I am tired of hearing about jobs programs and job creators. There is something in these terms that implies that there is a small, elite group of people who serve as the job creators, while everyone else prepares for and competes to work for these people and their jobs. In my opinion, that is a deeply flawed view of what makes the American economy great. America became great because everyone has the potential to be a job creator. What we are doing in our Tracy Learning Center (TLC) program is creating a new generation of job creators, not just workers. But frequently, when I tell people about what a great impact the TLC program is having on its students, people look at just their academic performance numbers to validate my claim. Our students do very well academically, but that is only a small part of the overall impact of the program.
To use an analogy; life is like building a house. TLC provides an education that prepares the person to be able to build the whole house, and even be the developer who builds the community. A traditional school focuses only on teaching students how to drive a nail. Clearly our students will be able to drive a nail, and remarkably, they will do it very well. So, if getting a job means being able to drive a nail, we’re good. But we’re much more than good.
Students in our program are taught how to get a job. But they are also taught how to start a company. The career program includes a unit where they work in small teams and have to take an idea and build a business around it. In other courses, TLC students work in small teams solving problems. Tis model of learning ensures that they master the traditional academic content, but it also does much more than that. As a result of their team problem-solving approach, the students learn a broad assortment of high performance skills such as teamwork, communications, problem-solving, researching, creativity, responsibility, reliability, innovation, planning, etc. Our program gives students the confidence and skills to create their own jobs, and potentially jobs for other as well. Every student coming out of school has to feel like he or she is a job creator, not just a worker. The TLC model does that very well.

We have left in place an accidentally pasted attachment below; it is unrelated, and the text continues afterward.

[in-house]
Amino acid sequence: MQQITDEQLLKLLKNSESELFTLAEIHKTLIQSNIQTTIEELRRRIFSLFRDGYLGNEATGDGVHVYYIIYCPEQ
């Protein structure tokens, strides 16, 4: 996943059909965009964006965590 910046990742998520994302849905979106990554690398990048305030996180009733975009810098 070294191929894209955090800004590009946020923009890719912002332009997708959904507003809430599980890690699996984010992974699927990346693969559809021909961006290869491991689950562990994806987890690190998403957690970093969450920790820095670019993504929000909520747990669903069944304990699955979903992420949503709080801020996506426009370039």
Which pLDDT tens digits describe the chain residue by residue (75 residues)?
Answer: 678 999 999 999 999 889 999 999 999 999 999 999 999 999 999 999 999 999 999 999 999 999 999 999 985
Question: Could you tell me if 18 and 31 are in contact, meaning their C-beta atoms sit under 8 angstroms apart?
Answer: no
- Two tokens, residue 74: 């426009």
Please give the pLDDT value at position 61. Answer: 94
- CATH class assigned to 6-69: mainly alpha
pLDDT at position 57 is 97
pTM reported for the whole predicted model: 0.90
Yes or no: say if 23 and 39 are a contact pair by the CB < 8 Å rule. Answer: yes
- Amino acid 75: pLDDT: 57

On one of my trips to the school, I happened to be there on the same day that one of their graduates had chosen to return and thank the school for what it had done for him. He had transferred to the TLC as a high school student because he was having all kinds of problems in his old school – not just academically, but behaviorally and even problems with substance abuse (possibly including dealing drugs to other students). He had come back to the school that day to thank the teachers for not giving up on him and to tell the next generation of students to listen to the teachers because they care and they are right.
A couple of years earlier, he was coming to the end of his senior year and because he lacked the credits to earn a diploma was not going to graduate. As a result of the work with his teachers at the TLC, he realized how important getting the diploma was, so he asked for permission to spend another semester at the school to earn the diploma. Permission was granted, and he did earn it. He worked with the teachers and counselors, wrote letters, and got scholarships that allowed him to attend a local vocational school to learn the HVAC trades. He now has a job in the field, is seeking additional scholarships to further his education, and is already planning to start his own business. All of this success was directly related to the program and teachers at the TLC.
At the other end of the spectrum, I should also mention the story of the young female student who earned her associates degree at the local college while attending the TLC and then enrolled at UC Berkeley as a junior the fall following her high school graduation.
These are just two examples. If you take the time to sit down and talk with virtually any student at the school, you will hear some variation of these stories. The program reaches every student in some individual way. It gives them the knowledge and skills to be successful. But more importantly, it gives them the self-confidence to try.